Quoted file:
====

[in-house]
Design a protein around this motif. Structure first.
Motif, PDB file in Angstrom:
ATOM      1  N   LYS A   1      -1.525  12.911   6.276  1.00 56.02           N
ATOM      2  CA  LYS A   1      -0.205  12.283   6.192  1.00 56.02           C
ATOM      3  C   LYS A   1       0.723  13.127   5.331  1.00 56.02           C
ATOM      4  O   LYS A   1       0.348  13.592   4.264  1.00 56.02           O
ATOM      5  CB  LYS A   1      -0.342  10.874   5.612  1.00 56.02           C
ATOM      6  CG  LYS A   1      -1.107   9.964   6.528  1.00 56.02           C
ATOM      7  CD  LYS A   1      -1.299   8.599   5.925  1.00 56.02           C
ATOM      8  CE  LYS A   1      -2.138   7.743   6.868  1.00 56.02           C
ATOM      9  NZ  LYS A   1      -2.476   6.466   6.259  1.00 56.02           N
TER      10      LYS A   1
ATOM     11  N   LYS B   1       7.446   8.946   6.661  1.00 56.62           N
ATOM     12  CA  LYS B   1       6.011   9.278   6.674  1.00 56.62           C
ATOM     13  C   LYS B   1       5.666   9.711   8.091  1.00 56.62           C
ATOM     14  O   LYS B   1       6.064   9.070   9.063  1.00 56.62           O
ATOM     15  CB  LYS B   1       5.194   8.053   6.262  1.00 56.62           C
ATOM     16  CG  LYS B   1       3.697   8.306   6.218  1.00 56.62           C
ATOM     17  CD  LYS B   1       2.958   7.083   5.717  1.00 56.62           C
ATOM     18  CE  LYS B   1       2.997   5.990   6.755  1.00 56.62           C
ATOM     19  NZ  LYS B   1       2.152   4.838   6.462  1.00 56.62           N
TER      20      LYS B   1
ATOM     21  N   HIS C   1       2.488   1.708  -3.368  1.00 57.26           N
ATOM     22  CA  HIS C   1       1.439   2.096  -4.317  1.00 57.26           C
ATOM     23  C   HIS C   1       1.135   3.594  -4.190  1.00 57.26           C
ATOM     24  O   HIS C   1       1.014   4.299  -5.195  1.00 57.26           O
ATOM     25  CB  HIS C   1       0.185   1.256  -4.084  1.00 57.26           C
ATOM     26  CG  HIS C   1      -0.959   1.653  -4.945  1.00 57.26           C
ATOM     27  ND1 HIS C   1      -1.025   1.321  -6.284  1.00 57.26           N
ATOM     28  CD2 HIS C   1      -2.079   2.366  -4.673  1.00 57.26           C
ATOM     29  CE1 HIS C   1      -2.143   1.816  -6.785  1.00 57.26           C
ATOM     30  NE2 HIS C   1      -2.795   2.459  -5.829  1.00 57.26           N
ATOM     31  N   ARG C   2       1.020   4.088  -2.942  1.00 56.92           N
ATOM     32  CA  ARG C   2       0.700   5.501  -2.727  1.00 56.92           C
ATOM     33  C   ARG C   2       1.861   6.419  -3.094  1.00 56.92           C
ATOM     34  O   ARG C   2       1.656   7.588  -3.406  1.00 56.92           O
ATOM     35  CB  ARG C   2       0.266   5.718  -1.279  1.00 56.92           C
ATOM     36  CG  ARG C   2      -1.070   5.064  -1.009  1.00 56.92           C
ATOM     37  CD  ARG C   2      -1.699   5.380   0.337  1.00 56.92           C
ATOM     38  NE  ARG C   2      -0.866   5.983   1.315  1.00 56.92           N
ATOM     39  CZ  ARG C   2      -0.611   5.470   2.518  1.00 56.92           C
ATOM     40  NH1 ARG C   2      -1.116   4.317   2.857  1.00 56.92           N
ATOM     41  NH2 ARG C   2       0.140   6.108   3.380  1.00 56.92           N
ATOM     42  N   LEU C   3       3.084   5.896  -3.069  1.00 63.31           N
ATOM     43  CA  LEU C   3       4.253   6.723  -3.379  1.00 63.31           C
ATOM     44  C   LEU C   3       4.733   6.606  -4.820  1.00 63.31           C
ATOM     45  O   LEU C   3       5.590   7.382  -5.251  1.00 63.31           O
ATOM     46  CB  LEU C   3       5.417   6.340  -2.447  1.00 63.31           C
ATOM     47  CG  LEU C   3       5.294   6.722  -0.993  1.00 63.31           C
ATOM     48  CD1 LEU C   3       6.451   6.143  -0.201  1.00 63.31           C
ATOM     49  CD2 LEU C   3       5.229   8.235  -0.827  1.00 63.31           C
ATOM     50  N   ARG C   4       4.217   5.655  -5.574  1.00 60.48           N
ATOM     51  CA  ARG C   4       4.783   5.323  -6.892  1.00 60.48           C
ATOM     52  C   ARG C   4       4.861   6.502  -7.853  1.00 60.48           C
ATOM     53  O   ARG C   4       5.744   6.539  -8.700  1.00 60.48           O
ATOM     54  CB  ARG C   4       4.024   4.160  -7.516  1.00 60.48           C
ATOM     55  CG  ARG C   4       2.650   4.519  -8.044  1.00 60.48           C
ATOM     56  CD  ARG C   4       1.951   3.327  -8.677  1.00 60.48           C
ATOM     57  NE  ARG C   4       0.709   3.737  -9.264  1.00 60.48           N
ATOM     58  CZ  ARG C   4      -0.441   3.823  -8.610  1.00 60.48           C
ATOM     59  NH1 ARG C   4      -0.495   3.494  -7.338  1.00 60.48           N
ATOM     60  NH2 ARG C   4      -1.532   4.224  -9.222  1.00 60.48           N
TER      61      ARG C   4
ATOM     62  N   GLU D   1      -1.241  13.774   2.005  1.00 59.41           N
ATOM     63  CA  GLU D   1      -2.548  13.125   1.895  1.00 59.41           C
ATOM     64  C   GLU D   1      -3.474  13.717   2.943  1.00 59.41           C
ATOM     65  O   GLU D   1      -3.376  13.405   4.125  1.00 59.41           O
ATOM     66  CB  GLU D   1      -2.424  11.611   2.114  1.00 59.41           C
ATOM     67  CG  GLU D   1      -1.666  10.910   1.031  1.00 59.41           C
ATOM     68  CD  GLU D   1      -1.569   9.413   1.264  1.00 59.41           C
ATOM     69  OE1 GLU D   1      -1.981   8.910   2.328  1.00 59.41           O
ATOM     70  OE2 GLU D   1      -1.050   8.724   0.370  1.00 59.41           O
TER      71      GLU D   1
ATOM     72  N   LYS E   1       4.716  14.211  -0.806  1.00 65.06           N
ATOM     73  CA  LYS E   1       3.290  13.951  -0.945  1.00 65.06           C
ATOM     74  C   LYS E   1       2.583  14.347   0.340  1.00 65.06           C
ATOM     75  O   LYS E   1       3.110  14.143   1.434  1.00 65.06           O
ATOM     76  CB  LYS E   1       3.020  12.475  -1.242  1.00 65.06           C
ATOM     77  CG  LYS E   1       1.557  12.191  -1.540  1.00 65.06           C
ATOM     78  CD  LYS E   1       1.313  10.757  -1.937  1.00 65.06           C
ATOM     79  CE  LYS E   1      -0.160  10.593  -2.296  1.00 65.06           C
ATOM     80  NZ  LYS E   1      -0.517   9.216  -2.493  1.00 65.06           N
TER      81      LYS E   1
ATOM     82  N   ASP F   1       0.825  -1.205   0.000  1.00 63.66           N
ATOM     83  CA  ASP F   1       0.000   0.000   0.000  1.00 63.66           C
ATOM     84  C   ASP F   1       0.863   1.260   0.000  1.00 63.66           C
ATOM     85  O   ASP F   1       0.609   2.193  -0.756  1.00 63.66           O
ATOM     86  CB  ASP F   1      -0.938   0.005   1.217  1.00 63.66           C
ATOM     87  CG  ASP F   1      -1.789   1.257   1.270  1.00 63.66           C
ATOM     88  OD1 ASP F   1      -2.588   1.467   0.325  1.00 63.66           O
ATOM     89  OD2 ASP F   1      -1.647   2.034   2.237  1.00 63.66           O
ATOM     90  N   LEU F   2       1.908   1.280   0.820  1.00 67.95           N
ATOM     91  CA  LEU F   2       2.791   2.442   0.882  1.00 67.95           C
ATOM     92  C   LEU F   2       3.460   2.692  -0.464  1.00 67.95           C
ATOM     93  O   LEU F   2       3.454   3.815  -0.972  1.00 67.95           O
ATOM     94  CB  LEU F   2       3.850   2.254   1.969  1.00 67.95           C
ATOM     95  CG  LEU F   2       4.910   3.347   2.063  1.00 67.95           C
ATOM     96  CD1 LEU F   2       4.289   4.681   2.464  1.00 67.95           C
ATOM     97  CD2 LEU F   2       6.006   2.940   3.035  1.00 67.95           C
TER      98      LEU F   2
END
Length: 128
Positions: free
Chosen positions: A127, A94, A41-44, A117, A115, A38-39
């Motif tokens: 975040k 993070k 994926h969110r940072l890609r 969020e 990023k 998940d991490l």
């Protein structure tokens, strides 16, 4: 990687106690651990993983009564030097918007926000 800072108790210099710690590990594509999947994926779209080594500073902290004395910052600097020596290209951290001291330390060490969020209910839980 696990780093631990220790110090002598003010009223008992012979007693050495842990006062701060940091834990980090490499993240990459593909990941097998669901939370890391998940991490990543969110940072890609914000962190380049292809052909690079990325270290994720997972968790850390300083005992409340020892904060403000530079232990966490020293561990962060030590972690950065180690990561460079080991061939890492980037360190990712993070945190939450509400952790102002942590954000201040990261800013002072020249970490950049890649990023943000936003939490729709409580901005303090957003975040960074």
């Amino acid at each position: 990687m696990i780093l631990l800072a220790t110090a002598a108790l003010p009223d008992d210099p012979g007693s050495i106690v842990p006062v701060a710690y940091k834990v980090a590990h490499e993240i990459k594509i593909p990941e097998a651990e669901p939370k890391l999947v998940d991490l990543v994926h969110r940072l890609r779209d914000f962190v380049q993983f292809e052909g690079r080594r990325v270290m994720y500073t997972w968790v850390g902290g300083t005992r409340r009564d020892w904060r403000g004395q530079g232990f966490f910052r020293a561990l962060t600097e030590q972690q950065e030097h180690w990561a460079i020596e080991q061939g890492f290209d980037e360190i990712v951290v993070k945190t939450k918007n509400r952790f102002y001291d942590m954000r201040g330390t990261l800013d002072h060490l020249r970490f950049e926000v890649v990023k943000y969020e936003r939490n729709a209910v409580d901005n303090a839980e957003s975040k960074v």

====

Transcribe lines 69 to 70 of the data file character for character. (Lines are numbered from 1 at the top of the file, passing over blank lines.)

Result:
ATOM     66  CB  GLU D   1      -2.424  11.611   2.114  1.00 59.41           C
ATOM     67  CG  GLU D   1      -1.666  10.910   1.031  1.00 59.41           C